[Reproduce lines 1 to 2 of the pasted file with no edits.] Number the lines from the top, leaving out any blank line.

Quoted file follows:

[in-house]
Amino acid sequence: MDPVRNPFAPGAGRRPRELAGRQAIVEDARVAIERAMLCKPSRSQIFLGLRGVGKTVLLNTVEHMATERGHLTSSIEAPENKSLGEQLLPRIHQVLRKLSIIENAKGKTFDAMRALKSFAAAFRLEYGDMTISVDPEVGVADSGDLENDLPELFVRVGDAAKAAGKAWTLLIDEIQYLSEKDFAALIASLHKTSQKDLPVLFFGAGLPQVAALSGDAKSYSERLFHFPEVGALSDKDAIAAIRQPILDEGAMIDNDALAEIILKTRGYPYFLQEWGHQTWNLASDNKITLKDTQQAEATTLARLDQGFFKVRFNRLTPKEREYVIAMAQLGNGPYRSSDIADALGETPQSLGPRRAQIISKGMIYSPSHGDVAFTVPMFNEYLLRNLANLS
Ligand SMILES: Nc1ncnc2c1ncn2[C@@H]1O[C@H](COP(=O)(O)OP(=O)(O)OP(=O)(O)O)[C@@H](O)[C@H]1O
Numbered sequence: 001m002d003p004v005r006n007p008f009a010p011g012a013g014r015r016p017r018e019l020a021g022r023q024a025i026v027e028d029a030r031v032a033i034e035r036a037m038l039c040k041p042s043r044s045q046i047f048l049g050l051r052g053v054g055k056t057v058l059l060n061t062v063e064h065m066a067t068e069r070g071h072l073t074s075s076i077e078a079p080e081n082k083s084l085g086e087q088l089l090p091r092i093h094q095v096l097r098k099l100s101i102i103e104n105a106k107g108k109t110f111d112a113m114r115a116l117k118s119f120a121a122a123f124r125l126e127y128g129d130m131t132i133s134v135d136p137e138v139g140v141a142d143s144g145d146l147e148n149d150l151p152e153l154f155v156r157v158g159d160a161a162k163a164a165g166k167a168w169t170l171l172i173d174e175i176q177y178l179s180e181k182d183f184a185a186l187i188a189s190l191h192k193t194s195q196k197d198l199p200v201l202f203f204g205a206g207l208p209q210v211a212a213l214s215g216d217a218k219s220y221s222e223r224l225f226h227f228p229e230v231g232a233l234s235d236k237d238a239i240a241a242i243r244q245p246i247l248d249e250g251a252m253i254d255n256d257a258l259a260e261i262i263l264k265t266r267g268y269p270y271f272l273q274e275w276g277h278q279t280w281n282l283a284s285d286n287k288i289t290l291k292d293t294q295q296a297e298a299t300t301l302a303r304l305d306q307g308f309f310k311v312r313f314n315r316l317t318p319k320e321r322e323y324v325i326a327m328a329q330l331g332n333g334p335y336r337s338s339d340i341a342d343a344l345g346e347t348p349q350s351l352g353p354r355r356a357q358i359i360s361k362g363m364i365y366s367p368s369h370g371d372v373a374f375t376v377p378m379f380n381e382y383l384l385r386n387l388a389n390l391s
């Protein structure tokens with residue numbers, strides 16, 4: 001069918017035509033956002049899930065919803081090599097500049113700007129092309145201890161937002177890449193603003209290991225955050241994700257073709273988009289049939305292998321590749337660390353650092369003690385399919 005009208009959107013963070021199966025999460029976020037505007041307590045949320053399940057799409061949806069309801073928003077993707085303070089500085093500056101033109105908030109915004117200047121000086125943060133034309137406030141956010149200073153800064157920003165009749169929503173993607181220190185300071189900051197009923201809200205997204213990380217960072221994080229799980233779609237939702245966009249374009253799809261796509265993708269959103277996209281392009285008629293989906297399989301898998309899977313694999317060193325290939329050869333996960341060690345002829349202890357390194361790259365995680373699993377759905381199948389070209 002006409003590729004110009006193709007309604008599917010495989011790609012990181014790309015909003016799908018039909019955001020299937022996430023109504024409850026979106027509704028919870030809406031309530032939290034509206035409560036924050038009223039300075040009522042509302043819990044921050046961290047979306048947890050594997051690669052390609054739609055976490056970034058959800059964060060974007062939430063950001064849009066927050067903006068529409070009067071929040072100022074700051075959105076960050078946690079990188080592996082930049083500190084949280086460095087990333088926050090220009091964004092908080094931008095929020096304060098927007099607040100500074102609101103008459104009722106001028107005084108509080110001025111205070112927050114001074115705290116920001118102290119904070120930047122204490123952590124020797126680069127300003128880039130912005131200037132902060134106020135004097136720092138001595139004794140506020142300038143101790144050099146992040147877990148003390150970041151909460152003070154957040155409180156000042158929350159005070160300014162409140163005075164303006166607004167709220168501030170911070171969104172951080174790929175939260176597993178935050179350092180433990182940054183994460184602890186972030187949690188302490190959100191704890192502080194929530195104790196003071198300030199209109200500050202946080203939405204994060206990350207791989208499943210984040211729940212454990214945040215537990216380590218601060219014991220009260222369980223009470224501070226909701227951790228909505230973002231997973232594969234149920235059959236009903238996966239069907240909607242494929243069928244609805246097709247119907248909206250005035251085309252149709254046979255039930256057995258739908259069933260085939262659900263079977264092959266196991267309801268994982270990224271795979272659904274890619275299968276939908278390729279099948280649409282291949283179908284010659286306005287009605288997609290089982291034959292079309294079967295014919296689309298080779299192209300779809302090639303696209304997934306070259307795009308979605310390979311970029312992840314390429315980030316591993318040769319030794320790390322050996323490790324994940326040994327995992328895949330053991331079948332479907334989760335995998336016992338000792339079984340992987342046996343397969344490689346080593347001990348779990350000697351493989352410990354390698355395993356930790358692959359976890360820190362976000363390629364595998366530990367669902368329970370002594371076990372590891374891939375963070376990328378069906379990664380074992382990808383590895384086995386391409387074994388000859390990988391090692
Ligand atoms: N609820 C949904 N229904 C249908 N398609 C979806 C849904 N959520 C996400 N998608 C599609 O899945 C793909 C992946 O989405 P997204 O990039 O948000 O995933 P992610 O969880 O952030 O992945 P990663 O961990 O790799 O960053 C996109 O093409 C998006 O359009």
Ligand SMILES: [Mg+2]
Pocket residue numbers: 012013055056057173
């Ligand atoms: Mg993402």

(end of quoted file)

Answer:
[in-house]
Amino acid sequence: MDPVRNPFAPGAGRRPRELAGRQAIVEDARVAIERAMLCKPSRSQIFLGLRGVGKTVLLNTVEHMATERGHLTSSIEAPENKSLGEQLLPRIHQVLRKLSIIENAKGKTFDAMRALKSFAAAFRLEYGDMTISVDPEVGVADSGDLENDLPELFVRVGDAAKAAGKAWTLLIDEIQYLSEKDFAALIASLHKTSQKDLPVLFFGAGLPQVAALSGDAKSYSERLFHFPEVGALSDKDAIAAIRQPILDEGAMIDNDALAEIILKTRGYPYFLQEWGHQTWNLASDNKITLKDTQQAEATTLARLDQGFFKVRFNRLTPKEREYVIAMAQLGNGPYRSSDIADALGETPQSLGPRRAQIISKGMIYSPSHGDVAFTVPMFNEYLLRNLANLS